John A. Roebling was born in Prussia on June 12th, 1806. Educated as an engineer, but finding the political unrest in his home country stifling, he emigrated to the U.S. in 1831 with a small group intent on establishing a community where technology could freely advance. They settled in Western Pennsylvania, establishing the community of Saxonburg.
According to David R. Steinman and Sara Ruth Watson in their 1941 book, Bridges and Their Builders, it was in 1840 that Roebling wrote to suspension bridge designer Charles Ellet, Jr., to offer his help with the design of a bridge near Philadelphia.
“The study of suspension bridges formed for the last few years of my residence in Europe my favorite occupation …” Roebling wrote. “Let but a single bridge of the kind be put up in Philadelphia, exhibiting all the beautiful forms of the system to full advantage, and it needs no prophecy to foretell the effect which the novel and useful features will produce upon the intelligent minds of the Americans.”
By 1844, Roebling was producing his own proprietary wire rope and building bridges himself. A few years later, he was awarded a contract to construct four suspension aqueducts for the D&H Canal, and was well on his way to becoming the most famous suspension bridge builder of his era.
Coincidentally, it was the D&H Canal that effectively created the community of Barryville, in Sullivan County, NY shortly after it began operation in 1828. At that time a ferry boat linked Barryville and Shohola, PA on the opposite side of the Delaware River, and that means of conveyance proved adequate in getting goods and people across the river until the Erie Railroad arrived in Shohola in 1849. By that time, Barryville had grown into a bustling center of commerce with a population of about 300, and the need for a bridge spanning the Delaware had become obvious.
In 1854, the Barryville and Shohola Bridge Company was formed, with Chauncey Thomas of Shohola as president, in order to construct a suspension bridge to connect the two communities.
”Mr. Thomas attempted to hire bridge expert John A. Roebling,” `Frank T. Dale writes in his 2003 book, Bridges Over the Delaware River, “but Roebling was busy on another span in Niagara, New York… and he could not take on the construction of the Shohola bridge. Roebling gave Thomas verbal instructions when he visited the Niagara work site, and followed this up with written instructions.”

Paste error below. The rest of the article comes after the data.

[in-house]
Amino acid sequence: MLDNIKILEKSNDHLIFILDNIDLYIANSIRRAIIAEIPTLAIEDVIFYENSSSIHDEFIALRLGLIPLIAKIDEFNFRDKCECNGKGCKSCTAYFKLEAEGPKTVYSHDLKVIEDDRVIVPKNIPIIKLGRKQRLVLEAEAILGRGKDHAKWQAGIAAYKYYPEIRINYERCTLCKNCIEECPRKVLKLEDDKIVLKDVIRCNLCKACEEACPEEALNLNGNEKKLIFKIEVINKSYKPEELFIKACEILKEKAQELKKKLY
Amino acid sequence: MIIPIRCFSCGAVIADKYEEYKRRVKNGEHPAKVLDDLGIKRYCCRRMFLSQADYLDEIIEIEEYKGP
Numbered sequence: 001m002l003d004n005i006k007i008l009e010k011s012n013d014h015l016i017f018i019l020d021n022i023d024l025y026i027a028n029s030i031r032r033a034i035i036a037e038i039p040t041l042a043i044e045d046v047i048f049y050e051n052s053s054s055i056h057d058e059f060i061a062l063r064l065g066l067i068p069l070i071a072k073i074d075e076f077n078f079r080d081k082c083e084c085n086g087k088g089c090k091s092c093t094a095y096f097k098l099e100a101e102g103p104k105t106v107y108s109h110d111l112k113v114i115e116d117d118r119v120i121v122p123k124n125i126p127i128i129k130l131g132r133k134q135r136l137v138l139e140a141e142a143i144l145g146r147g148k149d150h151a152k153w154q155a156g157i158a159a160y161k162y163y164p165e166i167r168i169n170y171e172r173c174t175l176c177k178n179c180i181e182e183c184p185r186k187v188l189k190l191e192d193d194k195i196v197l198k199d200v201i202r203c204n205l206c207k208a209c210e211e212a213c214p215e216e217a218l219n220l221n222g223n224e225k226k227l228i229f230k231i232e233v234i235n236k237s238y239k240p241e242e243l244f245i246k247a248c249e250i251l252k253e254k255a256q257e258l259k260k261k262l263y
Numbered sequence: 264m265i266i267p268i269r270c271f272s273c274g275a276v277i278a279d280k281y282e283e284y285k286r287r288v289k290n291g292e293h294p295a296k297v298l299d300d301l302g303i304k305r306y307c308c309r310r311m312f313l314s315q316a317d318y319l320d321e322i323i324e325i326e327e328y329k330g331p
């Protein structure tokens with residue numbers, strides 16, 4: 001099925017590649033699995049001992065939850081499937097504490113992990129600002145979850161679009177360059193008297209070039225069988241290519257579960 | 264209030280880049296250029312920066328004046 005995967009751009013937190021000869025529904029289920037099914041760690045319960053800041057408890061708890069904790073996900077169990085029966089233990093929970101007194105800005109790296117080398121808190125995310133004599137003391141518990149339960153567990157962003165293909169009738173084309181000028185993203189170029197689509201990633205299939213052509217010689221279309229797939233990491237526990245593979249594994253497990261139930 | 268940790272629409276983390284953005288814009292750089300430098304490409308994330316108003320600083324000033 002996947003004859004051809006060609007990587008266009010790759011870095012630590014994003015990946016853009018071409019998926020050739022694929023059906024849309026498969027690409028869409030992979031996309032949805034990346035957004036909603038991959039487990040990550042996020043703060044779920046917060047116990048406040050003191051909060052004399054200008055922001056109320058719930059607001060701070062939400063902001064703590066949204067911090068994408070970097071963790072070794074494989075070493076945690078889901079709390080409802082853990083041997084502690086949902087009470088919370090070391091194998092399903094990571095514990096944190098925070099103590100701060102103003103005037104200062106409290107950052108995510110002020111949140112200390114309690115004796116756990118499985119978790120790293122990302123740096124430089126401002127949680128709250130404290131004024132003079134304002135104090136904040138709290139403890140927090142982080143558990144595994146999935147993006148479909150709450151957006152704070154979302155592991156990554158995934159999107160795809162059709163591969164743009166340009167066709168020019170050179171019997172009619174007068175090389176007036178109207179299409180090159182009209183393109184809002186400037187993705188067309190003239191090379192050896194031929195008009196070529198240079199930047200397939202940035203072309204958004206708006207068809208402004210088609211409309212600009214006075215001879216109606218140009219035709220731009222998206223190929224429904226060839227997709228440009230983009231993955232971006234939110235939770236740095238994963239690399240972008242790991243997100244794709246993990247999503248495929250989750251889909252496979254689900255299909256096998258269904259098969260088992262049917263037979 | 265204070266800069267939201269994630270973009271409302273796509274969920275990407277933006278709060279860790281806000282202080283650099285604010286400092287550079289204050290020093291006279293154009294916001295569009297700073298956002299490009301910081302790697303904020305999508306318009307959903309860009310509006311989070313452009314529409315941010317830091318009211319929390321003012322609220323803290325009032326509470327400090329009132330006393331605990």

Seven years after the successful opening of Roebling’s Delaware Aqueduct on the canal, Thomas’s span became the first suspension supported vehicular bridge over the river.
The ten-foot-wide, single-lane, single-span bridge, 495 feet in length, cost about $9,000 to construct. Built by inexperienced workmen, and without a center support to add stability, it was not a sound structure, and on July 2nd, 1859, a windstorm completely destroyed it, leaving only the abutments remaining.
The bridge was rebuilt, but continued to be problematic, requiring numerous repairs over the years. Finally, on January 1st, 1865, a suspension cable snapped and the bridge collapsed, sending several mule-drawn wagons loaded with cargo into the icy waters of the Delaware. The wagon operators survived, but three mules perished and much of the freight was lost.
This time, the Barryville and Shohola Bridge Company was unable to come up with the money to rebuild the bridge, and soon went out of business altogether. Chauncey Thomas, long since replaced as the company’s president, purchased the destroyed bridge at a sheriff’s auction, and set about to reconstruct it.
Thomas spent about $4,000 to build a new bridge, this time including a center pier, and that bridge served the two communities until it was replaced by a modern two-lane bridge just downriver in 1941, even surviving the Great Pumpkin Flood of October, 1903, and a subsequent major flood the following spring.
The abutments for the old suspension bridge remain, and a new historic marker has been erected at the site of the abutment on river Road in Barryville by town of Highland co-historian Debra Conway — who, incidentally, shares the birthday with Roebling. The marker was procured by the non-profit history education group, The Delaware Company, of which Debra serves as Executive Director, with funding provided by The William G. Pomeroy Foundation, and installation by the town of Highland Highway Department.
Photo of the Barryville-Shohola Suspension Bridge.